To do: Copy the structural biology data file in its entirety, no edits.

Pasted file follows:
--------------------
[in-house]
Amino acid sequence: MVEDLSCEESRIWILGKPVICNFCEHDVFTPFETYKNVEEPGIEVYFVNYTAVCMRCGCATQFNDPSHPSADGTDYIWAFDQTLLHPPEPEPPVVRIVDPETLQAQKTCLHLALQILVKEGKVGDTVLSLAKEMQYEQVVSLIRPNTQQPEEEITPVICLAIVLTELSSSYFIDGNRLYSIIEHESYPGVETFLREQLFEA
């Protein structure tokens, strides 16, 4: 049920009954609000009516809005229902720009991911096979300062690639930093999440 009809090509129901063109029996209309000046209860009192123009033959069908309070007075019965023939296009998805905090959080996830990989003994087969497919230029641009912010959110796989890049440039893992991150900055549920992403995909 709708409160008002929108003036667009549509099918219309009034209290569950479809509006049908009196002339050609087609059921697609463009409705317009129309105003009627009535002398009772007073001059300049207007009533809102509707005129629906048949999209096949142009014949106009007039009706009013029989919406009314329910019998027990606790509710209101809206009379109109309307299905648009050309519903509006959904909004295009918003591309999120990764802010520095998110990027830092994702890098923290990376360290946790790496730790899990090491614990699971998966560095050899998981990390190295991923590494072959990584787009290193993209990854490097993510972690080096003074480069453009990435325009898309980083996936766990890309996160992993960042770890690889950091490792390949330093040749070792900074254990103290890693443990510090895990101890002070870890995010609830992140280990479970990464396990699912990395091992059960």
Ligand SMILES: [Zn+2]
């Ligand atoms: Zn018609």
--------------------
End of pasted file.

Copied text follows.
[in-house]
Amino acid sequence: MVEDLSCEESRIWILGKPVICNFCEHDVFTPFETYKNVEEPGIEVYFVNYTAVCMRCGCATQFNDPSHPSADGTDYIWAFDQTLLHPPEPEPPVVRIVDPETLQAQKTCLHLALQILVKEGKVGDTVLSLAKEMQYEQVVSLIRPNTQQPEEEITPVICLAIVLTELSSSYFIDGNRLYSIIEHESYPGVETFLREQLFEA
């Protein structure tokens, strides 16, 4: 049920009954609000009516809005229902720009991911096979300062690639930093999440 009809090509129901063109029996209309000046209860009192123009033959069908309070007075019965023939296009998805905090959080996830990989003994087969497919230029641009912010959110796989890049440039893992991150900055549920992403995909 709708409160008002929108003036667009549509099918219309009034209290569950479809509006049908009196002339050609087609059921697609463009409705317009129309105003009627009535002398009772007073001059300049207007009533809102509707005129629906048949999209096949142009014949106009007039009706009013029989919406009314329910019998027990606790509710209101809206009379109109309307299905648009050309519903509006959904909004295009918003591309999120990764802010520095998110990027830092994702890098923290990376360290946790790496730790899990090491614990699971998966560095050899998981990390190295991923590494072959990584787009290193993209990854490097993510972690080096003074480069453009990435325009898309980083996936766990890309996160992993960042770890690889950091490792390949330093040749070792900074254990103290890693443990510090895990101890002070870890995010609830992140280990479970990464396990699912990395091992059960």
Ligand SMILES: [Zn+2]
């Ligand atoms: Zn018609």